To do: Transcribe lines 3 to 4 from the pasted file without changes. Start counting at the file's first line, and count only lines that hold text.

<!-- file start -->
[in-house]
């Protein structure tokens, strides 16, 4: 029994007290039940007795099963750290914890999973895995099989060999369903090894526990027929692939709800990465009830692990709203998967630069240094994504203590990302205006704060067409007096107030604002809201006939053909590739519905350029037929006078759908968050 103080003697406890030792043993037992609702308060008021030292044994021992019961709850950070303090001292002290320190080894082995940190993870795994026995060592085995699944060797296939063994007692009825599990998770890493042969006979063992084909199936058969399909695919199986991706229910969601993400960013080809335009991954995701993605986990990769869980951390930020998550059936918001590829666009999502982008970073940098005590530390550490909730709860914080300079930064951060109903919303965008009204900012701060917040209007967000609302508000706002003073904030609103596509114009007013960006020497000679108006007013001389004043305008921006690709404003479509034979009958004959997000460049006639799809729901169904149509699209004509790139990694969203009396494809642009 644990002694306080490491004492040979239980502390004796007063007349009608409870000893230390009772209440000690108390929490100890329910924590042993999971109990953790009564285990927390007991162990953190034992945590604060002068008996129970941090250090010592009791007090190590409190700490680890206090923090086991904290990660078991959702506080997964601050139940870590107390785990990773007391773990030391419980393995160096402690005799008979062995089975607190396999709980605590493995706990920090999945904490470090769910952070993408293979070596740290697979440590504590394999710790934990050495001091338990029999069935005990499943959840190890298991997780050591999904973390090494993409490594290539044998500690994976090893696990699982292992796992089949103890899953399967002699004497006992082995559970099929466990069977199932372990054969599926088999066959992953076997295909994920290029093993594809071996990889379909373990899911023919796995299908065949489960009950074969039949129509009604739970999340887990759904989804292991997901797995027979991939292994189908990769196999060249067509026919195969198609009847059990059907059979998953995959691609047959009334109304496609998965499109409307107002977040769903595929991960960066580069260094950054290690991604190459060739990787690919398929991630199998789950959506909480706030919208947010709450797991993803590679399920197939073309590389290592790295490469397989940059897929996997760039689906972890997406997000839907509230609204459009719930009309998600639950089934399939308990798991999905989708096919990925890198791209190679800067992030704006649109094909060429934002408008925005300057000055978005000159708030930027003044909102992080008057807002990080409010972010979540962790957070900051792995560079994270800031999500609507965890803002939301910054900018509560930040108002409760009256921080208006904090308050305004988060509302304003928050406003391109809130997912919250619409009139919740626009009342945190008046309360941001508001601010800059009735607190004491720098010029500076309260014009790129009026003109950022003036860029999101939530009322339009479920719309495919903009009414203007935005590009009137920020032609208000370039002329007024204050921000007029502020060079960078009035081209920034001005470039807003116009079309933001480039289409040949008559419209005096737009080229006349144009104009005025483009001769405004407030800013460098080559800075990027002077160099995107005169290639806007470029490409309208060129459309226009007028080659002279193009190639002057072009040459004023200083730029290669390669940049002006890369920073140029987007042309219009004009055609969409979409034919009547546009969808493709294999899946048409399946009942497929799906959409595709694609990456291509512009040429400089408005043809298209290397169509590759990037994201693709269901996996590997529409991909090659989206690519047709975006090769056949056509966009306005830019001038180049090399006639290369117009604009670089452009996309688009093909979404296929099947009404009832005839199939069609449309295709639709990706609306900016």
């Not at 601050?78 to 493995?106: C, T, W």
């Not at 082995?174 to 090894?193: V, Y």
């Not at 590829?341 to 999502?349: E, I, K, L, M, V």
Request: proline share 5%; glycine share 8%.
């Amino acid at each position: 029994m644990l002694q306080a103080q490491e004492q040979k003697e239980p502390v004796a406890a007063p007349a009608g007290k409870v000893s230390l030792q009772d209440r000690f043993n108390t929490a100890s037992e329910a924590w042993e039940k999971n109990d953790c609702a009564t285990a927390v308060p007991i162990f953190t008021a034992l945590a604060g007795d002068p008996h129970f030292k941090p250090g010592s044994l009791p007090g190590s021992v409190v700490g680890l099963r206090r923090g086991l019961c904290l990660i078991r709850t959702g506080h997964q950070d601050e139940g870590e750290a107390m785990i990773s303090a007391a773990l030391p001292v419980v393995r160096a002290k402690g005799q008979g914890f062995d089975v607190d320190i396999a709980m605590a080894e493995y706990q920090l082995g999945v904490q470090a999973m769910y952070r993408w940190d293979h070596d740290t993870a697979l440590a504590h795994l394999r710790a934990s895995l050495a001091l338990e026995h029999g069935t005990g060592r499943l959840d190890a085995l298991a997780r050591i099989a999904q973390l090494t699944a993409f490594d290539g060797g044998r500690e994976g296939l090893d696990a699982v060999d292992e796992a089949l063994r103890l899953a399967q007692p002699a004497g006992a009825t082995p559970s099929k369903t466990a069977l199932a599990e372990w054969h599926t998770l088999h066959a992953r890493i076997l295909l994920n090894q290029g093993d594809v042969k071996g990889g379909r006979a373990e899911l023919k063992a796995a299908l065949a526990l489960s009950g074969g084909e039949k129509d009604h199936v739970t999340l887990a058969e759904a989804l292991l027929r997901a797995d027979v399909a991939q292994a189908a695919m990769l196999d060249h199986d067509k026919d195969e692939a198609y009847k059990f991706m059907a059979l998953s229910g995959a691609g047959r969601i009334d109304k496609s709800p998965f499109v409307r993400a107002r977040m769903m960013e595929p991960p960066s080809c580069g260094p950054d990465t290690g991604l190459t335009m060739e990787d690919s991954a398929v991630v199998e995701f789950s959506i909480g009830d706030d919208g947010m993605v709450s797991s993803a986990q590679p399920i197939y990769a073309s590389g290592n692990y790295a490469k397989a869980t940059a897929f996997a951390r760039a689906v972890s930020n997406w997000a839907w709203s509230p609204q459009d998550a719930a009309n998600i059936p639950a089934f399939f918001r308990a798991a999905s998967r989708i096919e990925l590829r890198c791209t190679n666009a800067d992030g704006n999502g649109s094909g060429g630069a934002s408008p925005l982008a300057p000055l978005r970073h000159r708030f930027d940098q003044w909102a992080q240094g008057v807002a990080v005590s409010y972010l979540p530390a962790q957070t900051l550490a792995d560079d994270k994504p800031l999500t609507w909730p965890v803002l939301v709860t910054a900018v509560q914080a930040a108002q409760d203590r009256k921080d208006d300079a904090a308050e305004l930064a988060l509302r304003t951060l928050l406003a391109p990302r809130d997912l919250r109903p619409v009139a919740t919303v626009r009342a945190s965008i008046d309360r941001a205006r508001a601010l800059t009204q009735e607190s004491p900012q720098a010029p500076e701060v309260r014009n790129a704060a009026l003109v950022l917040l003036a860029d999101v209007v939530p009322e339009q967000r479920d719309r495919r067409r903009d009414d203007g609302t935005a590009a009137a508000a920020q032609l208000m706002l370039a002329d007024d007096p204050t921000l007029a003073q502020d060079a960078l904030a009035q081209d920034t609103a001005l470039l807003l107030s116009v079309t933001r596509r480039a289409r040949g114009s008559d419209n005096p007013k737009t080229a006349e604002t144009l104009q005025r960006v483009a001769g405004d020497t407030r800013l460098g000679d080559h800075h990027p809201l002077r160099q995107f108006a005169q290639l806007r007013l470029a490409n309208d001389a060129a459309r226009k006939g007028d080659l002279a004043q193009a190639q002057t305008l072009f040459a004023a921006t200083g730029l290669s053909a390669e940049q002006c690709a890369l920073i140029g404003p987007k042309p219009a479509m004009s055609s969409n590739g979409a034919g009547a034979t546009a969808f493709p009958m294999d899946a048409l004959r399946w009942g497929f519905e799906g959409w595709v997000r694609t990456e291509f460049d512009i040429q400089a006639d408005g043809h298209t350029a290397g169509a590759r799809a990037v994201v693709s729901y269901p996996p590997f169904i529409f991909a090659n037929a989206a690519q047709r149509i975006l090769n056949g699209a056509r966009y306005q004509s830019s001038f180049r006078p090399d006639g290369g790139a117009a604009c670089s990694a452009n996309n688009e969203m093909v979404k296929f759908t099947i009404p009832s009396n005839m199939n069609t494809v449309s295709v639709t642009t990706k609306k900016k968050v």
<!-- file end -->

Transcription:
């Not at 601050?78 to 493995?106: C, T, W």
């Not at 082995?174 to 090894?193: V, Y």